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Solomon R Benatar
Correspondence: Solomon R Benatar firstname.lastname@example.org
BMC International Health and Human Rights 2002, 2:3 doi:10.1186/1472-698X-2-3
(2002-12-22 21:39) Universidad Nacional del Comahue - Argentina
Like chinese shadows, discursive declarations about health and biotechnology are elusive.
I would like very much to share Prof. Benatar's "cautious optimism", but I'm afraid
that there's little reason to do so.
Everyday we witness an agressive policy coming from US officers declaring holy war
against terrorist foes. On that ground civil liberties are severely curtailed for
US citizens, so any expectations about a universal freedom-promoting policy from US
government doesn't seem to be well grounded. Within that scenery, the new worries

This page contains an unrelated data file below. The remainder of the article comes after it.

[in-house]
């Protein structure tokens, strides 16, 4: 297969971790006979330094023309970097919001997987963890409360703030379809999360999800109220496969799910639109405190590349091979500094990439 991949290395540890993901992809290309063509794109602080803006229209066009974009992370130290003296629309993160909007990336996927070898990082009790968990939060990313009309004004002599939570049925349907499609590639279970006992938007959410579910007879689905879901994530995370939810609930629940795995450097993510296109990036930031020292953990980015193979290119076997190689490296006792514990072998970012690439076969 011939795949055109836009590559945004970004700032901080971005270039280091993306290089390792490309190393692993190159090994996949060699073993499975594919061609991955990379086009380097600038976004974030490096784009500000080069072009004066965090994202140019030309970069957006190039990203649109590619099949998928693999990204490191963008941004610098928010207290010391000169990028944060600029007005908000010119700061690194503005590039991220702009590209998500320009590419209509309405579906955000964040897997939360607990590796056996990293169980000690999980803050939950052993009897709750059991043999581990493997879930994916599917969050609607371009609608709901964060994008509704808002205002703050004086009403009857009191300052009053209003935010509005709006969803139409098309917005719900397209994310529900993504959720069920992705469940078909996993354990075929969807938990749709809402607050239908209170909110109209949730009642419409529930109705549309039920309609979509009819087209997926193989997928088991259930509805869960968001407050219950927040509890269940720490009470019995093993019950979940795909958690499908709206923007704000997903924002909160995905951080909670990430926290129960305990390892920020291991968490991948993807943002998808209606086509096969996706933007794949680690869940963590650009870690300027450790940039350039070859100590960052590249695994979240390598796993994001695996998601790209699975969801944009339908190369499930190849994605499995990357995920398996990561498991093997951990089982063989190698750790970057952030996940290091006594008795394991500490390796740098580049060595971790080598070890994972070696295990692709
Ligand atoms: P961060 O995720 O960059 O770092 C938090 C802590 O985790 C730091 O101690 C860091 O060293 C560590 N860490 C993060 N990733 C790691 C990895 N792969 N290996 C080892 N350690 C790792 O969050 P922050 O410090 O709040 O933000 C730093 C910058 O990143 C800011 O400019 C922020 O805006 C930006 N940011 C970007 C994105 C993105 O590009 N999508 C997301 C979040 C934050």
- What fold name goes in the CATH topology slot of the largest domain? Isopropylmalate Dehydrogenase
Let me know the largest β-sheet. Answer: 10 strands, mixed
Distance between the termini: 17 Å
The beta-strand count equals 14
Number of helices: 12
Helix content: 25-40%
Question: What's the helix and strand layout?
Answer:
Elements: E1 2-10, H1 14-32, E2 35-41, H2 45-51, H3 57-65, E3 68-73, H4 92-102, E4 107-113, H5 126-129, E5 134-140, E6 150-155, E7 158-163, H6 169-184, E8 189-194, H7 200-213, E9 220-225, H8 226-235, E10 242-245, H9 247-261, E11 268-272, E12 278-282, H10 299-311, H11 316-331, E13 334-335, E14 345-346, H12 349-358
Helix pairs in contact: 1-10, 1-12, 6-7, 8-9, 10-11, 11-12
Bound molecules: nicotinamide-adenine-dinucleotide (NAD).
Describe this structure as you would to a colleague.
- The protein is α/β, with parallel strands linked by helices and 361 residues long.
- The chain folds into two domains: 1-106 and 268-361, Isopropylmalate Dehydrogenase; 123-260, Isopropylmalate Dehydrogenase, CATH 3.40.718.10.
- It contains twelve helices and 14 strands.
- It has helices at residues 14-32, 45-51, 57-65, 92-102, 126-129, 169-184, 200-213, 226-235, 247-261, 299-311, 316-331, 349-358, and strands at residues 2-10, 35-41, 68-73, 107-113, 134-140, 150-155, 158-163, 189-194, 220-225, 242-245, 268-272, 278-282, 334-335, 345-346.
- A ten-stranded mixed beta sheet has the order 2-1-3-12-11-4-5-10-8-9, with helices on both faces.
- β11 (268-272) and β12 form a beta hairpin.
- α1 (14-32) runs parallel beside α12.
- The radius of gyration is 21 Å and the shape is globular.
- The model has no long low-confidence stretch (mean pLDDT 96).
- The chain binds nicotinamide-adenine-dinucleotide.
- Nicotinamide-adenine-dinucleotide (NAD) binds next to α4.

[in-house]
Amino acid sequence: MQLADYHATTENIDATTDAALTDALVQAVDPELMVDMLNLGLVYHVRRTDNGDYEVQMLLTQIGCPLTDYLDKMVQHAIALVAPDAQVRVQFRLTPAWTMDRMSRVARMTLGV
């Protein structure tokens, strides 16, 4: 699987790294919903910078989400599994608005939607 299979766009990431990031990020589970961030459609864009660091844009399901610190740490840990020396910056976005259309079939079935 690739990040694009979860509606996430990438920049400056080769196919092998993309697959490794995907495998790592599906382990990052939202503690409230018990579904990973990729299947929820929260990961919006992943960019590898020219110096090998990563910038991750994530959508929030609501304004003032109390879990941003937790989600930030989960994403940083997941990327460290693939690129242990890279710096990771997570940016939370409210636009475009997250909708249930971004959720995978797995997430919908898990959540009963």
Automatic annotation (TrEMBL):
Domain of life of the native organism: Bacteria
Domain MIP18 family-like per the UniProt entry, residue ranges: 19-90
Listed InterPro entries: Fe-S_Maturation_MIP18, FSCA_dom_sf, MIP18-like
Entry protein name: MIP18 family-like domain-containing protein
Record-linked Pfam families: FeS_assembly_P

about "social capital" and how bad health undermines it, seem to be no more than a
new turn of the capitalist wheel to keep going on. To be aware of the real intentions
of business-driven US government, I suggest to have a look at post-Doha attitudes
in Latin America, where US officers are trying to limit the possibilities for LA countries
to make use of compulsory licensing.
I agree with Prof. Benatar that "a deeper commitment could be developed by the USA
and other nations to the moral and strategic importance of improving global health"
but I have no hope that this will happen without strong international pressure. In
the meantime I think that declarations worrying for better health, even if funded
with several million dollars, are distracting manoeuvers from the sheer fact that
underdeveloped countries are being exploited as before. When pharmaceutical industry
stops charging abusive prices for essential drugs, not only to poor countries but
to their own fellow citizens, a wind of change and relief will be felt over the world.
Then, perhaps, optimism will be granted on better grounds.
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